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Wednesday, March 28, 2012

Now is the time to get out your feeders

Would you like to encourage hummingbirds to your backyard?   I would recommend planting plants that will attract hummingbirds, and yes, even hanging some hummingbird feeders.  

My neighbor and I had a competition to see who would get more hummingbirds, she had feeders, and I had the plants.  Turns out, we got hummingbirds at both places.  Typically they would hang out at my flowers throughout the day, and spend the morning and evening at her feeders.  As the plants are currently not blooming, it is a great time to get your hummingbird feeders out for the early arrivals.  I have had success using the sugar water mix that can be found at and is the recipe that I have posted below.  Check out their website for great information about hummingbirds. They have done some really exciting work in the banding of hummingbirds and finally figuring out some of the awe-inspiring migration patterns of these small birds.

    • pour four cups of hot tap water into a large pot or pan (glass, enamel, or stainless steel, if possible; try not to use aluminum).
    • Add one cup of table sugar (DO NOT use honey, artificial sweeteners, or other sugar substitutes).
    • Stir until all sugar has dissolved.
    • Cover the pan, place on a hot burner, and bring the mix to a rolling boil for 1-2 minutes; be careful not to let water evaporate (if you do, the mix can become too concentrated).
    • Let mix cool and pour into in well-cleaned feeders.
    • Boiling, which retards mold growth, is NOT necessary if your hummingbirds are draining the feeders within three days.
    • Red food coloring is unnecessary, especially after birds have found the feeders; besides, modern hummingbird feeders all have red plastic bases and/or yellow flowers the birds can easily see. NOTE: There is no evidence that food coloring currently available in grocery stores or in commercial hummingbird nectar mixes is harmful to humans or to hummingbirds, but it IS an additive.
    • Store excess mix in the refrigerator for up to 2 weeks (check for fermentation or mold; if the mix is cloudy, discard it). Some people freeze their mix and safely store it for much longer periods. In any case, let mix warm to room temperature before filling feeders.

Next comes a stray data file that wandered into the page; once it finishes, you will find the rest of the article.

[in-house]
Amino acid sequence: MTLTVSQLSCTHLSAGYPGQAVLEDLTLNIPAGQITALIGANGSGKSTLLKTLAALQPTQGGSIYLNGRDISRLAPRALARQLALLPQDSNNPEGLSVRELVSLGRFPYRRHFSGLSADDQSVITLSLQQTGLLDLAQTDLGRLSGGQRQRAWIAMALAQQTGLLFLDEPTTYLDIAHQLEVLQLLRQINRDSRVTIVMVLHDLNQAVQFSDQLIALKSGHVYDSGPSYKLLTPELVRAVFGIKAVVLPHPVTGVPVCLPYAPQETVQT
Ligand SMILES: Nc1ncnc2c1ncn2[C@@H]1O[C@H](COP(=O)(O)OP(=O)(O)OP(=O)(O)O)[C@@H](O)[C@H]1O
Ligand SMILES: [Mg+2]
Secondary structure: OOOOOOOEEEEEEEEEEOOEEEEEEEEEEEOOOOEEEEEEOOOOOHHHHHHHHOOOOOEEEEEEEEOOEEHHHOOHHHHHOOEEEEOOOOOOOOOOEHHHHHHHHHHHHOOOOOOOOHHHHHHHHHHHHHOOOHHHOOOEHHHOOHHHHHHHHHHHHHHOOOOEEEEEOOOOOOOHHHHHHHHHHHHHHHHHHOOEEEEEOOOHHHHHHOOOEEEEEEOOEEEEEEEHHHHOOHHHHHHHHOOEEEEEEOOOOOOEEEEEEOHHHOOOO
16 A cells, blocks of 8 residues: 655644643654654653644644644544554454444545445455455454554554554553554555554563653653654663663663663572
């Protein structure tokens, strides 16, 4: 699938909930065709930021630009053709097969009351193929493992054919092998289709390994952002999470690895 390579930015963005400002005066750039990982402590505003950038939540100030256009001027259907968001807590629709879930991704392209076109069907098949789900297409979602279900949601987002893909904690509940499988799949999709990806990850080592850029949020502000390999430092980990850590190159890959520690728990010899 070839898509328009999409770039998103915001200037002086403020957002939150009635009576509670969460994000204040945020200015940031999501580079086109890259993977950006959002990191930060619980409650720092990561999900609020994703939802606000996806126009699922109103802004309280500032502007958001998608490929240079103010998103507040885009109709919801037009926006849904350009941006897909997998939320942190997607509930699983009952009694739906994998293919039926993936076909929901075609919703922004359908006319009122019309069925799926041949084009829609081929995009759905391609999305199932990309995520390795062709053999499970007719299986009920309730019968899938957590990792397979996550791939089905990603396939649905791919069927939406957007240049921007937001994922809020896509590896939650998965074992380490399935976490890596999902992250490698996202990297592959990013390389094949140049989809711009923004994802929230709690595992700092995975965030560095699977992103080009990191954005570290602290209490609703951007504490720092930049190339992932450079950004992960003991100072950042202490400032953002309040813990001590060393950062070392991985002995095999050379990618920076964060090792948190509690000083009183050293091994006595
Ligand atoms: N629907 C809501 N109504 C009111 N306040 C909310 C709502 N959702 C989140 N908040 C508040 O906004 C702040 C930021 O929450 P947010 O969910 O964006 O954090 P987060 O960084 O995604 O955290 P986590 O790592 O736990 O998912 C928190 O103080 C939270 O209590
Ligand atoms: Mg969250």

• The water:sugar ratio of 4:1 is typical of the sugar concentration found in many flowers used by hummingbirds. There is no concrete evidence stronger sugar concentrations will hurt hummingbirds, but even a 3:1 mix spoils much faster than 4:1, and 2:1 is too syrupy and a real waste of sugar. In hot weather when energy demands are not as high for hummingbirds, you can even cut the mix back to 5:1 or 6:1 and save even more money on sugar.
Now, my favorite part, the plants that will attract hummingbirds.  Start to scan the local listings as many organizations are prepping for their spring plant sales.  With the warm spring, you should realize that some plants that typically are still blooming at the plant sales will be past their prime by the dates of the sales.  Here are some of my favorite plant recommendations for hummingbirds:

Native Honeysuckle (Lonicera sempervirens) I would recommend purchasing this plant from a native plant sale, or a native plant nursery.  If you try to purchase this from a local hardware store, or a non-native nursery, they may be trying to sell the Japanese version of the plant as the native version! The Japanese version will spread, and it is very invasive.  Make sure that you are purchasing the correct plant.

Bee Balm (Monarda didyma) This is a hardy plant that does well in shade conditions, but will also handle the sun.  This is a hit with hummingbirds and native pollinators.

Cardinal Flower (Lobelia cardinalis) This plant has fantastic color, and it attracts hummingbirds.  This is a win-win for your garden.
Aquilega canadensis

Beardtoungue (Penstemon digitalis) This is one of my favorite native plants.  It will tend to disperse itself nicely throughout a garden and will attract hummingbirds.  It is an upright white flower.

Columbine (Aquilega canadensis) This is one of the earliest blooming plants that hummingbirds enjoy.  Planting this with a feeder will ensure that the early migrants will have an adequate food source.  One note about this plant is that it does not like competition.  The best way to keep it growing in your garden is to disturb the soil occasionally in early spring (late Feb/early March) so that the seeds will take hold.  I find that my columbine has a tendency to grow in between the rocks bordering my garden where nothing else appears.  This is not where it was initially planted!  

Water: Hummingbirds love baths so make sure to incorporate some type of water feature in your garden.  

Nesting: Hummingbirds like to nest in places where they won't be discovered easily.  They like dense shrubs, so if you plant some dense shrubs around your yard you may be rewarded with a hummingbird nest!

Enjoy the spring, and the ruby throats as they come to visit your yard!  

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